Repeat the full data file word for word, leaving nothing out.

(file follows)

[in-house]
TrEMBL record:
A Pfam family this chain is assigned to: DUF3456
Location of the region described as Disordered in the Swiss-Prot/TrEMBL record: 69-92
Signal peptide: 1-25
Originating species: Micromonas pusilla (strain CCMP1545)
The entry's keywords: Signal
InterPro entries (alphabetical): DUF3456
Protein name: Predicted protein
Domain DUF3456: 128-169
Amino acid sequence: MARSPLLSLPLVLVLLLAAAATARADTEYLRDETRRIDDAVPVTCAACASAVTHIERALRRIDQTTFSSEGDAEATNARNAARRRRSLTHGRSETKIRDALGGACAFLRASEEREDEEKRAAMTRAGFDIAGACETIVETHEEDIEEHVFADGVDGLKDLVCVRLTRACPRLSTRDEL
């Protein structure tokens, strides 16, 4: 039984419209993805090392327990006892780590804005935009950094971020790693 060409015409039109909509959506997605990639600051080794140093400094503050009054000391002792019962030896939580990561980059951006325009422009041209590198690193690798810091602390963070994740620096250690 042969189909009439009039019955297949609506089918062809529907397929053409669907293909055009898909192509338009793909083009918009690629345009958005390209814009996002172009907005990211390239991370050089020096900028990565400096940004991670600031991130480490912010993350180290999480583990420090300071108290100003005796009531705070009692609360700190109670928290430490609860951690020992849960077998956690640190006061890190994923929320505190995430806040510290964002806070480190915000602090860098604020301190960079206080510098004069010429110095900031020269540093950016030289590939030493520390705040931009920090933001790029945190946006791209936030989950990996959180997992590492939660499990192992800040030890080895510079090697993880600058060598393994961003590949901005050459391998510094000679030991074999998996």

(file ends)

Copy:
[in-house]
TrEMBL record:
A Pfam family this chain is assigned to: DUF3456
Location of the region described as Disordered in the Swiss-Prot/TrEMBL record: 69-92
Signal peptide: 1-25
Originating species: Micromonas pusilla (strain CCMP1545)
The entry's keywords: Signal
InterPro entries (alphabetical): DUF3456
Protein name: Predicted protein
Domain DUF3456: 128-169
Amino acid sequence: MARSPLLSLPLVLVLLLAAAATARADTEYLRDETRRIDDAVPVTCAACASAVTHIERALRRIDQTTFSSEGDAEATNARNAARRRRSLTHGRSETKIRDALGGACAFLRASEEREDEEKRAAMTRAGFDIAGACETIVETHEEDIEEHVFADGVDGLKDLVCVRLTRACPRLSTRDEL
């Protein structure tokens, strides 16, 4: 039984419209993805090392327990006892780590804005935009950094971020790693 060409015409039109909509959506997605990639600051080794140093400094503050009054000391002792019962030896939580990561980059951006325009422009041209590198690193690798810091602390963070994740620096250690 042969189909009439009039019955297949609506089918062809529907397929053409669907293909055009898909192509338009793909083009918009690629345009958005390209814009996002172009907005990211390239991370050089020096900028990565400096940004991670600031991130480490912010993350180290999480583990420090300071108290100003005796009531705070009692609360700190109670928290430490609860951690020992849960077998956690640190006061890190994923929320505190995430806040510290964002806070480190915000602090860098604020301190960079206080510098004069010429110095900031020269540093950016030289590939030493520390705040931009920090933001790029945190946006791209936030989950990996959180997992590492939660499990192992800040030890080895510079090697993880600058060598393994961003590949901005050459391998510094000679030991074999998996």